I admit I’m a bit of a chicken at starting protocols like this. I had a big problem with massive doses of Vit. C. So I’m very leery of trying anything.
    I’ve just had a problem and had to cut out one sleep medication, as it really elevated my heartbeat, which has become a problem for me, even with drinking 1/2 a cup of iced coffee or in the middle of the night — fast, very powerful heartbeat. It gets scary.
    I so relate to the feeling overheated all the time. I have my radiators turned off. My building feels like it’s a sauna, over which I have no control. I sometimes run my a/c in the winter. And i dress in layers to go out and end up wearing a sleeveless top in situations where friends are wearing two layers. Humorously, I actually went somewhere on the weekend and danced a bit, having to take off my socks and top shirt layer because I was so hot. (I almost fell on my head I got so exhausted, but I had to sit down.) It was worth it to me to dance to a few Whitney Houston songs and old r&b, my favorites. Even though it will take two weeks to recover, it was worth it. (P.S. When I left the location, it was 35 degrees out and windy, and I had forgotten to put my socks back on. But I lasted for six blocks to get home.) And now due to loss of one medication, I’m not sleeping well, the muscle pain is increasing and I’m hot. Oh, well, I had fun.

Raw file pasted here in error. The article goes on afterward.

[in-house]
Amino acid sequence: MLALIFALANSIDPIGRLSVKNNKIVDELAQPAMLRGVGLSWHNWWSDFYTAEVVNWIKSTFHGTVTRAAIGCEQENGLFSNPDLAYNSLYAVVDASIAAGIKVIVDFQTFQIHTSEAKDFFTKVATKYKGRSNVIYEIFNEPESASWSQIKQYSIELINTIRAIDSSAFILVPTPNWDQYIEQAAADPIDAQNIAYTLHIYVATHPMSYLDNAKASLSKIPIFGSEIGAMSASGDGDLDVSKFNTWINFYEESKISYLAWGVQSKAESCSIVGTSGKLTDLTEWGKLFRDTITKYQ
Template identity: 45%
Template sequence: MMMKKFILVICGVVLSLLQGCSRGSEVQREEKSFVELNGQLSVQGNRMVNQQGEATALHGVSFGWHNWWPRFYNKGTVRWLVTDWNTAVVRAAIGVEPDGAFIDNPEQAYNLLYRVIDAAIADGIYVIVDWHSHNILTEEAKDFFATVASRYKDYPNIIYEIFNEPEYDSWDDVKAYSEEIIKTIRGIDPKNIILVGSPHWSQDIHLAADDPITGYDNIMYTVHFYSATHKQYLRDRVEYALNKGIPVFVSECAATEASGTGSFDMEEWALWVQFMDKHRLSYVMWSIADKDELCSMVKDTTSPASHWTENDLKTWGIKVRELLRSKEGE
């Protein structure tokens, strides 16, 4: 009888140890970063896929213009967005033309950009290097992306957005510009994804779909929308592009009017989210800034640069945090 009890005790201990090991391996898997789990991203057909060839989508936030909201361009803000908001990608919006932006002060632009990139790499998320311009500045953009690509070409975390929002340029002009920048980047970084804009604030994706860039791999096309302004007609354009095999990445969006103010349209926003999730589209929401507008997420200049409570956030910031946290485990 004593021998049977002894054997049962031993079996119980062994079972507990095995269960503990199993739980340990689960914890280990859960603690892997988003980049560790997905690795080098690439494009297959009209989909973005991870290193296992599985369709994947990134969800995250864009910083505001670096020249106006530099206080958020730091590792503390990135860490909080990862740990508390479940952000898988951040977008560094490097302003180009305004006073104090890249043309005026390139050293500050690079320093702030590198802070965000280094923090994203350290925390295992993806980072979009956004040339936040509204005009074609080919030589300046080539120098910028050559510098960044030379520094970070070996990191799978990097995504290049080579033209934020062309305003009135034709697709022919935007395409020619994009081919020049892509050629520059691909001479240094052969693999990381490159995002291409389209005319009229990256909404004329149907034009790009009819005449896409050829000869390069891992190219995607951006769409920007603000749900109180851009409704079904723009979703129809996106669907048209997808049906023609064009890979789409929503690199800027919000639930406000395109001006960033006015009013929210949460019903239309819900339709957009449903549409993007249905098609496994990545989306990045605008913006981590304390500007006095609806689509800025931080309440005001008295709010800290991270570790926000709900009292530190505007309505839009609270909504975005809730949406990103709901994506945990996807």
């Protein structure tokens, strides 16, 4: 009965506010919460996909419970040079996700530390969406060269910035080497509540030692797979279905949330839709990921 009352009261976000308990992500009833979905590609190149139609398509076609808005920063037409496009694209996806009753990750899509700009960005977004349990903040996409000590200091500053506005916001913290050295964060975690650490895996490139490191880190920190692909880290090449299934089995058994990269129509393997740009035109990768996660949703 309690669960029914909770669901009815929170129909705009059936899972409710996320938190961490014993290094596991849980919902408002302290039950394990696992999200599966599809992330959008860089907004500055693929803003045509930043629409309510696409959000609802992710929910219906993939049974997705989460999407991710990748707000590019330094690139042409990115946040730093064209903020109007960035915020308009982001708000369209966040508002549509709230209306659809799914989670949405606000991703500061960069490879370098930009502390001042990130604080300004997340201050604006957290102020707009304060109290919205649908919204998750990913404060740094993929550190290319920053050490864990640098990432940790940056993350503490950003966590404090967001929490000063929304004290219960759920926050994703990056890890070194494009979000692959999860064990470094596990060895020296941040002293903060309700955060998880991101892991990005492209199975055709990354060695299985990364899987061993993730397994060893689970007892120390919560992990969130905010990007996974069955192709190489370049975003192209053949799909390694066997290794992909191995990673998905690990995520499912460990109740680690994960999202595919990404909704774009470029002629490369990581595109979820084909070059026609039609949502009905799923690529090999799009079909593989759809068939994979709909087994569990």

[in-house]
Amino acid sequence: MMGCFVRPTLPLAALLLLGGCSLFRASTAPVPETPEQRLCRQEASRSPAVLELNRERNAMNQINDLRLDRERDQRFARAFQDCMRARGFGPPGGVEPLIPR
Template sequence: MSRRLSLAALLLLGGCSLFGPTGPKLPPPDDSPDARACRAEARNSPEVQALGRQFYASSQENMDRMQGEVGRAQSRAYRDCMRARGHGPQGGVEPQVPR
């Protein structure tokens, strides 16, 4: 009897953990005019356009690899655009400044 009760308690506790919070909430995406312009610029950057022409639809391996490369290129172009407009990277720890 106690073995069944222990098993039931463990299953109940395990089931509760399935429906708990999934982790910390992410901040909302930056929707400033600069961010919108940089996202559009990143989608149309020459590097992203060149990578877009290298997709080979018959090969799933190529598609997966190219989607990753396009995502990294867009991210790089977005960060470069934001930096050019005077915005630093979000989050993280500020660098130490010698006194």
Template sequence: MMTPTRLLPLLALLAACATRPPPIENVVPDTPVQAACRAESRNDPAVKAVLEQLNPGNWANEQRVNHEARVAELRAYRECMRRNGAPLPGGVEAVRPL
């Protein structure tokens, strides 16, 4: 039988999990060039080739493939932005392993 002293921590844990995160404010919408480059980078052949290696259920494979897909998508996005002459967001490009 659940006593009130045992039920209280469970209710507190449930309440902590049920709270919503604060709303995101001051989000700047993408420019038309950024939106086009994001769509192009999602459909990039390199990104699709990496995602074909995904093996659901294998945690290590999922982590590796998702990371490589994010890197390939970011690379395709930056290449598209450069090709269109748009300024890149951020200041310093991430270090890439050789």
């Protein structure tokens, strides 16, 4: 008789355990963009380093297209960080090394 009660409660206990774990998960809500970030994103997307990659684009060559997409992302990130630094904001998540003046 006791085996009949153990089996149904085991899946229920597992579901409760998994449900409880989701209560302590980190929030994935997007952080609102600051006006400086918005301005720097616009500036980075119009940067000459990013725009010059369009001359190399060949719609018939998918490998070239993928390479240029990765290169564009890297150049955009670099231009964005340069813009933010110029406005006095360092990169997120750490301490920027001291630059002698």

Am so glad you’re doing better.

    • Jocelyn says:

      Glad to hear you got some dancing in! That’s great! Have you considered a beta blocker for the tachycardia? I think I may have mentioned to you that I use them because the Seroquel ramps my heart rate up.

  9. Inge says:

    Jocelyn, I am so glad that you are out of IRIS and even feel a little better!

    Just one question: Did Dr Cheney test the GcMAF you took with his cardio machine before you started? And get the yogurt MAF tested when you are with him.

    Best of luck and I am looking forward to your next blog to see what Dr Cheney thought about your adventures.

    Thank you so much for sharing,

    Inge

  10. kathy d. says:

    HI Jocelyn, I don’t think my doctor would go for the beta-blocker. Right now (today) I couldn’t go to a medical appt. because I got two hours of sleep, then had to take more meds and got another 2 hours of sleep, and by then (with a lot of awake time iin-between) it was too late. Then I took more meds and slept 4 hours. It took 13 hours to get 8 hours of sleep, with lots of awake time in there and now I’m groggy. I’m sending my doctor your list of sleep medications.

  11. kathy d. says:

    I just read somewhere that GcMAF was being criticized and wasn’t as helpful as was thought and exacerbated the symptoms of CFIDS, but, of course, I can’t remember where I read this.